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In ‘The 50,’ Incarcerated Men Become Mentors

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Prison bars in the foreground and shadows of men walking through a dark hallway in the background.
Brenton Gieser's documentary traces a new approach to trauma which helps incarcerated men guide the younger generation — and heal themselves. (Courtesy Brenton Gieser)

One of the most important parts of community healing is assisting individuals directly, one-on-one. And a key aspect for those looking to heal themselves? Helping others.

This is as true for the world at large as it is for people who are incarcerated.

Brenton Gieser’s documentary film, The 50, currently streaming on Apple TV and Amazon Prime and screening at the New Parkway Theatre in Oakland on April 19, hones in on this idea of mutual assistance by highlighting California’s Offender Mentor Certificate Program (OMPC) and a few of the men who’ve gone through it.

A scene from the film, 'The 50,' shows a room where men are dressed in state-issued prison clothing while sitting in a circle of chairs and holding a discussion.
A scene from ‘The 50’ shows men sitting in a circle, sharing thoughts about the healing process. (Via Brenton Grieser)

Within the film’s first 15 minutes, viewers are brought into the California State Prison in Solano, where the first OMCP program began in 2008. The mentorship program uses the “parallel process,” where men are encouraged to work through their own traumas while simultaneously assisting others. It’s exemplified by people like Anthony Hill, a mentor who is also incarcerated.

As he stands in front of a class, Hill illustrates a pyramid on a dry-erase board and identifies common roadblocks people face in addition to the “junk” that informs a person’s core beliefs.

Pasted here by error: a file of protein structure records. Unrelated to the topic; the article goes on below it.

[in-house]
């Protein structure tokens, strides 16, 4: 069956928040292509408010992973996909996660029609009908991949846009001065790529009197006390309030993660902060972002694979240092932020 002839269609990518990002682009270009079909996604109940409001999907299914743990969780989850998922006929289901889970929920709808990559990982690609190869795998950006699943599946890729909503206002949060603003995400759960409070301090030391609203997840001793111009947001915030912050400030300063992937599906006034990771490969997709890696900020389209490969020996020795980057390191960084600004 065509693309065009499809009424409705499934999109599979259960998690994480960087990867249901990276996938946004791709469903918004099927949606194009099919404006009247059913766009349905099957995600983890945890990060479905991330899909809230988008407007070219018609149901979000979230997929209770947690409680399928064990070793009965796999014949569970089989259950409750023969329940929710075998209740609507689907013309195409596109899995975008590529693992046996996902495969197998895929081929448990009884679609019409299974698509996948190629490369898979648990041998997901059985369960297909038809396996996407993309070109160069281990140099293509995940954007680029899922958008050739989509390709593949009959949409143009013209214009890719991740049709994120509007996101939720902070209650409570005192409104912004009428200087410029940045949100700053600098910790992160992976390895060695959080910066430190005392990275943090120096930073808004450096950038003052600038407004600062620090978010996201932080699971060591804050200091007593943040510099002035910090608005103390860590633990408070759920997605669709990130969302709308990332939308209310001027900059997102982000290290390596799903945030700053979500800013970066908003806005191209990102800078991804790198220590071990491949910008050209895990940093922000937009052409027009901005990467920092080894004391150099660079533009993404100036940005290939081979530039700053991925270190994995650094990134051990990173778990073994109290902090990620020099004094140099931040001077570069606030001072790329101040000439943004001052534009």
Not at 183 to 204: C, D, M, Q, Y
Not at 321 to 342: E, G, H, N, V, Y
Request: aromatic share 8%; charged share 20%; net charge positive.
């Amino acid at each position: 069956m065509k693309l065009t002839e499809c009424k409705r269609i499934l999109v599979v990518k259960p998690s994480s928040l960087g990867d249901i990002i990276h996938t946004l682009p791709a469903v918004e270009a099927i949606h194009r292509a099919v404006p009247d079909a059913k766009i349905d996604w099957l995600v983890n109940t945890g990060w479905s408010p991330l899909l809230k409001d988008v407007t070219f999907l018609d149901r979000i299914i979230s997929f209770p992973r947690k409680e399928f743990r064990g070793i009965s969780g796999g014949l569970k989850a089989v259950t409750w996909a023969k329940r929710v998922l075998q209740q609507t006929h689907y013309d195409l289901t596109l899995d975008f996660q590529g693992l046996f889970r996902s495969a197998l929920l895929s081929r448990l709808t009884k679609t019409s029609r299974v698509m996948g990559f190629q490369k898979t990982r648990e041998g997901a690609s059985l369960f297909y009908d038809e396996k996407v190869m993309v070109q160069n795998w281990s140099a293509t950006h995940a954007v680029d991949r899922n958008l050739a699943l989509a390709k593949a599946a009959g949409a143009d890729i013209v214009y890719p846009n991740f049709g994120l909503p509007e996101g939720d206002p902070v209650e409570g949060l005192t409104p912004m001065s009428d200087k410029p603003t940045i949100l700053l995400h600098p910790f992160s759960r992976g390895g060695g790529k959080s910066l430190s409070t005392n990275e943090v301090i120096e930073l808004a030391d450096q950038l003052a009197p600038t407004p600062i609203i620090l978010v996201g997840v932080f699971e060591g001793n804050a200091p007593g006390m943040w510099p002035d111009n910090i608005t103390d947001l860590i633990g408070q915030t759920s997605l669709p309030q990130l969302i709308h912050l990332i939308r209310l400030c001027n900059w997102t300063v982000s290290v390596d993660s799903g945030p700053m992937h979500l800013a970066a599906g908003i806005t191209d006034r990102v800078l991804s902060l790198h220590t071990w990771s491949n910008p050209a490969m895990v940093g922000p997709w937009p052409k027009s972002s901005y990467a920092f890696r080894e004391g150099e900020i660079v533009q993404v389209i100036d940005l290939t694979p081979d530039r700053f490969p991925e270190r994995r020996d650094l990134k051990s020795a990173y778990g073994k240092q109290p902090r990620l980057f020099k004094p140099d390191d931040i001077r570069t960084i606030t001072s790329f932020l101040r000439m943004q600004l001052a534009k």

“The way I was raised affects the way I think,” Hill says to a room of other men in blue shirts. “And the way I think is the way I behave, right?” Heads nod as he pinpoints the issues of maintaining a certain image and yearning for acceptance as the catalyst to many peoples’ misguided actions.

Hill believes that people are not inherently bad, but rather misled or misinformed by core beliefs gone awry due to childhood trauma. But there’s a solution: on the bottom of the pyramid, Hill adds a layer. “Up under here is some good stuff, because there’s good in everybody,” he says before going around the room, making eye contact and letting each individual know that he sees the good in them.

Anthony Hill, a mentor with California’s Offender Mentor Certificate Program, stands in front of a whiteboard discussing methods of personal healing.
Anthony Hill, a mentor with California’s Offender Mentor Certificate Program, stands in front of a whiteboard discussing methods of personal healing. (Via Brenton Gieser)

Pulling out this “good stuff” that hides beneath our learned behavior is a universal idea.

“We come into this world as — not to get too existential — but as beings that are steeped in goodness,” says filmmaker Brenton Gieser. “And so many people aren’t afforded opportunities to fully actualize that goodness.”